Nevertheless, we made reservations for tours at four facilities: Bodega Lopez de Heredia in Haro; Bodega Baigorri in Samaniego; Marques de Riscal in Elciego; and Bodega Ysios in Laguardia. Our mid-November trip was around two-to-six weeks after harvest and bottling (depending on the facility), so things were definitely quiet and reservations were easy to arrange.
We started our trip with a pleasant morning drive to Haro, about an hour and a half south of Bilbao. The countryside was beautiful, with steep cliffs of iron on each side of the road and early morning fog burning off.
Haro is one of those small old Spanish towns that has one road entering it, and Lopez de Heredia was one of the first spots right off the road. You couldn’t miss it. Well, and the modern decanter shaped tasting room building also gave it away.
You see, the big thing in the Rioja region is to have some fancy-schmancy architect build your facility or tasting room. In the case of Lopez de Heredia, the tasting room was designed by an Iraqui-British architect, Zaha Hadid.
The tasting room is the only nod to modernity at Lopez de Heredia. They are extremely proud of their adherence to the old ways of doing things, using many of the traditional methods they’ve honed over the last 130-plus years to make their Vina Tondonia. They make their own barrels and have an onsite cooperage, a source of great pride for our lovely young tour guide. And, in case you were wondering, they use American oak.
We also got a peek at some of their very creepy underground storage vaults where bottles of wine were just coated with cobwebs and dust. You could not make out a single label. In many cases, you couldn’t even tell that they were bottles. Our tour guide explained that killing the spiders would be environmentally insensitive since they provide a necessary service of eating other pests. The amount of post-harvest wine gnats floating in the air would seem to suggest—to me at least—that the spiders were not holding up their end of the deal, and just maybe, we could break out a feather duster and tidy up a bit.
At Heredia, we tasted crianzas, reservas and gran reservas – terms which refer to how long the wines have been aged. They were all very, very good and were bargain priced, although that did us no good since they don’t ship to the U.S. Heredia, like other wineries in Rioja, uses a U.S. distributor, which means you can’t get all of their wines, and the staff at the wineries don’t know which ones you can get. Quite frustrating. We ended up buying a bottle to drink, and a small dessert wine to take home.
Haro has 19 or so wineries, but we had only made reservations at Heredia, which had been recommended by the guy at our favorite local wine store. There was, however, a tasting room right next door to Heredia that we had read about during our research – Bodegas Roda. As promised, it was small and to the point. You could taste Roda wines and even their olive oil, which we did.
We then headed down the street to Bodegas Torre Muga, which is a very large and modern operation that, quite wisely, has a wine bar where you can sit and try a flight of wines without going through the tour business. It was here that we made a very odd discovery: although the Rioja region is deservedly known for its wonderful reds, the whites were just as good, if not sometimes better. This was true at Muga, which had a wonderful blanco that we fell in love with.(They also had some of the best buttery crackers there, which I. Tore. Up.)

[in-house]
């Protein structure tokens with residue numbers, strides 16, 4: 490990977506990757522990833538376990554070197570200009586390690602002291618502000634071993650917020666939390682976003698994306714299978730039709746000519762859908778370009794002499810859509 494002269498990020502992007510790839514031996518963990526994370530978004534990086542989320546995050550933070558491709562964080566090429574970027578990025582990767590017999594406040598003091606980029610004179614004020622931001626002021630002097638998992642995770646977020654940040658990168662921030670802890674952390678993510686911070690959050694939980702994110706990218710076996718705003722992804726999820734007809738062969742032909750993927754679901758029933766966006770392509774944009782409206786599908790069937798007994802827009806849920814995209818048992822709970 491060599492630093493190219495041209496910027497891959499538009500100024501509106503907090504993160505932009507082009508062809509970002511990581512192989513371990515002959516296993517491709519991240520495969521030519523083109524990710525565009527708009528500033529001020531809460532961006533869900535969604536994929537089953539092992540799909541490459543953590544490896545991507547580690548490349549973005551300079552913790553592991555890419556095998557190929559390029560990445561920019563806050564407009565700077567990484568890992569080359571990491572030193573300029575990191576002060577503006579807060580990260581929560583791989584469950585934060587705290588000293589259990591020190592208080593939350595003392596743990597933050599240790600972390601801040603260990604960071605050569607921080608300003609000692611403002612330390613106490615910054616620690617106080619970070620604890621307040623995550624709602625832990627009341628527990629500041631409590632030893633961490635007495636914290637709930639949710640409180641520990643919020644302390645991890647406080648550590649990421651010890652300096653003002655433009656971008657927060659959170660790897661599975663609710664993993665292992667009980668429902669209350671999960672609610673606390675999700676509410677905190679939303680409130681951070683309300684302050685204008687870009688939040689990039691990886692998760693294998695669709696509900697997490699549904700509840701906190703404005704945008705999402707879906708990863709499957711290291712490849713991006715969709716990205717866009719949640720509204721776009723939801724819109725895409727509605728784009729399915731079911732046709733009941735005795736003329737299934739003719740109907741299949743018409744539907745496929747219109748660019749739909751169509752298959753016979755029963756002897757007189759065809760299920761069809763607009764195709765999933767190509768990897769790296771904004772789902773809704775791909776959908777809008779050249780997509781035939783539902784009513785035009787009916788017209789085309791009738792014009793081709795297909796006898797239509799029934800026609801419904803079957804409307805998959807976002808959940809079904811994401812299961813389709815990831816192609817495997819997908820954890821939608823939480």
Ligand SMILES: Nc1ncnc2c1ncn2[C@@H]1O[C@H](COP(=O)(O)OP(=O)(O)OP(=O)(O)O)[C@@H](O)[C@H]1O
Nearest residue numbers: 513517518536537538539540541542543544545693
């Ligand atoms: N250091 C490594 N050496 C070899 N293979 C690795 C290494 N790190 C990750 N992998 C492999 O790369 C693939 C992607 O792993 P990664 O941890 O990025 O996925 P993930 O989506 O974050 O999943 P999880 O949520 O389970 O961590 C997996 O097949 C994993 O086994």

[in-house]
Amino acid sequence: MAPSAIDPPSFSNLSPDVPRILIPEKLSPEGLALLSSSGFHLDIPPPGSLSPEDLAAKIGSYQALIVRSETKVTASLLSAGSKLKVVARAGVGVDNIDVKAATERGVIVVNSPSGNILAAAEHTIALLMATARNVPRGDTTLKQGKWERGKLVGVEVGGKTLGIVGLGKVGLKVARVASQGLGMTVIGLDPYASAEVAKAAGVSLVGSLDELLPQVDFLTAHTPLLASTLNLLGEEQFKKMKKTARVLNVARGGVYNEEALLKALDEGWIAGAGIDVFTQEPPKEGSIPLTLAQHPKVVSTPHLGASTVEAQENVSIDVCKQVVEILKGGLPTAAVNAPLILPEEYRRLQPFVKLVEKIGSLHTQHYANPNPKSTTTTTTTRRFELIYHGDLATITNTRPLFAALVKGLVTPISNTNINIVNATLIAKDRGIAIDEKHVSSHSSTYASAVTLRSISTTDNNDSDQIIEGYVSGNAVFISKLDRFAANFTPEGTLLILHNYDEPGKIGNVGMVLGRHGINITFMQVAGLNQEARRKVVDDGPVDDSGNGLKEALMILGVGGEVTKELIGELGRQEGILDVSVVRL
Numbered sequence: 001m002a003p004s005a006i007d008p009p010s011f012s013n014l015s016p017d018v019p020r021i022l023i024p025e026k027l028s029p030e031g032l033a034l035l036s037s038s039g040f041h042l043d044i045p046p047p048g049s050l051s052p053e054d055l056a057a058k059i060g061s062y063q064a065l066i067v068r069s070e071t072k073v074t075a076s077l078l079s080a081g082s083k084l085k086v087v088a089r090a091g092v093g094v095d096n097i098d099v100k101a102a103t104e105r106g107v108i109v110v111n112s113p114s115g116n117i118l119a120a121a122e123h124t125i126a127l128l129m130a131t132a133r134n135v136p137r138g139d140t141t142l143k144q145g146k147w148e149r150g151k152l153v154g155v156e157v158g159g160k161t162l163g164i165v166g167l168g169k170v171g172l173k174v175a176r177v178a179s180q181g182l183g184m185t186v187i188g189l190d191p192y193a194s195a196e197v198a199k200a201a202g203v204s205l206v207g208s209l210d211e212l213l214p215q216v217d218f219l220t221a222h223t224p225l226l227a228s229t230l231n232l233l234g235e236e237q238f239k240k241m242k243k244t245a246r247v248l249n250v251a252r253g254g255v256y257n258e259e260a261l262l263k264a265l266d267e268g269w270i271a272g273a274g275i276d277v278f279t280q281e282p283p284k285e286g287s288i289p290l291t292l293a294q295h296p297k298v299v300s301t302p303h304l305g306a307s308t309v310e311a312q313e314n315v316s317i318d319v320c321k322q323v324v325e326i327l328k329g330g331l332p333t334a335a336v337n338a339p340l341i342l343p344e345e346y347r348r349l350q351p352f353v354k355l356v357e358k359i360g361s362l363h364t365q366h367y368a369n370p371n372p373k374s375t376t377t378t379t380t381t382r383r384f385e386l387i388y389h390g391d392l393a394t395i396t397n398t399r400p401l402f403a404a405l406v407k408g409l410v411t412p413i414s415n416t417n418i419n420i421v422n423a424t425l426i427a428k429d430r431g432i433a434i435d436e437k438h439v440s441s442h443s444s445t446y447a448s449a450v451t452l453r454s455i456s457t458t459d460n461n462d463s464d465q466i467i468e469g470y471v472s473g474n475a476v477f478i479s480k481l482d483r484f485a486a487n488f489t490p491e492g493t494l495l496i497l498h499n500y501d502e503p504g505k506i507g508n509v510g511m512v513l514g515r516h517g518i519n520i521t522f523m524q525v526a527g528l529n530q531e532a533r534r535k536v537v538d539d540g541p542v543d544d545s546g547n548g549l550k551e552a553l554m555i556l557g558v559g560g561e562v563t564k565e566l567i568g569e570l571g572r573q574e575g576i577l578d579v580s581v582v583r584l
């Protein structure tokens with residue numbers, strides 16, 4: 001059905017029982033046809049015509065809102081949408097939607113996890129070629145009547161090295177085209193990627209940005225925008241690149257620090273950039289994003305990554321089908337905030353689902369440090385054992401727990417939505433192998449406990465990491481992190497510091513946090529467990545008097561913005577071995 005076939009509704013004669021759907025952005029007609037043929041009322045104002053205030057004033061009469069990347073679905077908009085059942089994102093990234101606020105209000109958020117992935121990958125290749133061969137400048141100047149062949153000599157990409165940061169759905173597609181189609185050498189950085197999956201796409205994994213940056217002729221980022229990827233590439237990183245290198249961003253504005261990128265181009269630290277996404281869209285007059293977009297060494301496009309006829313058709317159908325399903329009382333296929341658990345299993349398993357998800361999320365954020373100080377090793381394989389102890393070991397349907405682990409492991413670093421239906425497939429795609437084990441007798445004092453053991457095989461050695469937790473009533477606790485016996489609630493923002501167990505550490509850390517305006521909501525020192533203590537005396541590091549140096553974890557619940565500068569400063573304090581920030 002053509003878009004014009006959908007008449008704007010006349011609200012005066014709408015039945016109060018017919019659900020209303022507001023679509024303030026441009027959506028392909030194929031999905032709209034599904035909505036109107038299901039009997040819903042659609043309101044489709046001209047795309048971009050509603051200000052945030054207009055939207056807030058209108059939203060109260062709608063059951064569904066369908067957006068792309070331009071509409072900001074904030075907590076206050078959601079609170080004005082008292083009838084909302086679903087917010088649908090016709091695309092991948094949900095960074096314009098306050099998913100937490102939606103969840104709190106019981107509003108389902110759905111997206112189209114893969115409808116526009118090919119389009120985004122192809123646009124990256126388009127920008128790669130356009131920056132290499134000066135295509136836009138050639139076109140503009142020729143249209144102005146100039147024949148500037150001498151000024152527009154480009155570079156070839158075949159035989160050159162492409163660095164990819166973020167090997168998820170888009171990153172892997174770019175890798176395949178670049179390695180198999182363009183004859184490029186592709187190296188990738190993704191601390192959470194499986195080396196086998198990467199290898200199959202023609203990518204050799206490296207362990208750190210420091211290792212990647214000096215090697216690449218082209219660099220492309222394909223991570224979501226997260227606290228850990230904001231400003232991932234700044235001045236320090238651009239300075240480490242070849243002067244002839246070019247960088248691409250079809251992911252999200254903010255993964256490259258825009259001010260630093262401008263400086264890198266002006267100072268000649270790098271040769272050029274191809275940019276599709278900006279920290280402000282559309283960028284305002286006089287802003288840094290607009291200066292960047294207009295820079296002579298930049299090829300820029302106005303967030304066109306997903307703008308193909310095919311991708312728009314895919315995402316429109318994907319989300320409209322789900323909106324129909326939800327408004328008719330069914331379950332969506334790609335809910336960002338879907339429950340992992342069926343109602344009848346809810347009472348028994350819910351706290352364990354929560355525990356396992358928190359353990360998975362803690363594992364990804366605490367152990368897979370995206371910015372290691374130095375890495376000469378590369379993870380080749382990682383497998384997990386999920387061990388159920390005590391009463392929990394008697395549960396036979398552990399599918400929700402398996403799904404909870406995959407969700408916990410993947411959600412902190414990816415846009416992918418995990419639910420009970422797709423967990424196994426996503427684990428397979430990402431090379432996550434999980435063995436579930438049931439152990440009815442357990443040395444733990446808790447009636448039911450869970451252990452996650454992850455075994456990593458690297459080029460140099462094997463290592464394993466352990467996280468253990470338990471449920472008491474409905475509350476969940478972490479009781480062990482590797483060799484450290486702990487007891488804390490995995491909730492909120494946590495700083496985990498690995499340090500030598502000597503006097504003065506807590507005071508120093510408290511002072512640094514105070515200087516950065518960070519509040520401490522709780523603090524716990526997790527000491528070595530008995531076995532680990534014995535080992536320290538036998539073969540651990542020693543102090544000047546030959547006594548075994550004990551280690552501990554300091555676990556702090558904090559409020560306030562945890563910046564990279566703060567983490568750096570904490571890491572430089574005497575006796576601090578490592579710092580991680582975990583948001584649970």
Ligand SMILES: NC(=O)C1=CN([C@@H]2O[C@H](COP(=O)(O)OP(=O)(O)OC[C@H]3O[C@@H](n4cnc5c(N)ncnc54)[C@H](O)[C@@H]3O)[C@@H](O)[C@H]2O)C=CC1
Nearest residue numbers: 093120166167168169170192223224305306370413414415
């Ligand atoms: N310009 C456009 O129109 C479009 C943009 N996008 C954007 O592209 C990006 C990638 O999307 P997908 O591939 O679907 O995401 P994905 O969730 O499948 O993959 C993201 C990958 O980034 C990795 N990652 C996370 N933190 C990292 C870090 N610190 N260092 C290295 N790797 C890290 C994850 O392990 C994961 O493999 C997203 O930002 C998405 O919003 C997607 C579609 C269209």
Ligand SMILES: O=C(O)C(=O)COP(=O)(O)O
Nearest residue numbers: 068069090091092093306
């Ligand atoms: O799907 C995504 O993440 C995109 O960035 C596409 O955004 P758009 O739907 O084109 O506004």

Tomorrow: Wine bankruptcies, the role of gravity in winemaking, and why you should not choose a winery based on a cool, architecturally interesting building.
We finished our first day in Sydney. It’s been pretty soggy. It’s either misting, sprinkling or pouring, but we’re making the best of it. I didn’t travel three days in the lap of luxury to just luxuriate in my gorgeously appointed suite of rooms overlooking the park for crying out loud (actually, that sounds quite nice).
We went to the Royal Botanical Gardens where we saw a giant GIANT spider. Actually, we saw about four of these spiders throughout the day, but this one was the biggest.
Then we saw these crazy grey-headed flying foxes. Oh, you don’t know about grey-headed flying foxes? Well, they’re these “mega bats,” according to Wikipedia. And of course, they’re giant. And they’re hanging from the trees. They’re these giant fuzzy fruit bats hanging from the trees in the middle of the damn city. Supposedly, they aren’t dangerous to humans, but I’m not really into it.
We also saw poisonous plants. These plants weren’t separated by glass or anything. You could just reach out and touch them if you were so inclined. There they were. Poisonous plants. Just out in the open. Australia is crazy y’all.
Totally inspired, we then went to the Rocks, Australia’s oldest neighborhood. We walked around, shopped a bit, and then ate at the Australian Heritage Hotel. This place had some of the most delicious pizzas. We ordered a kangaroo pizza and a salt water crocodile pizza (which had some yummy Thai flavors). But the kangaroo won out. It was phenomenal – salty, slightly gamey, spicy and so, so good.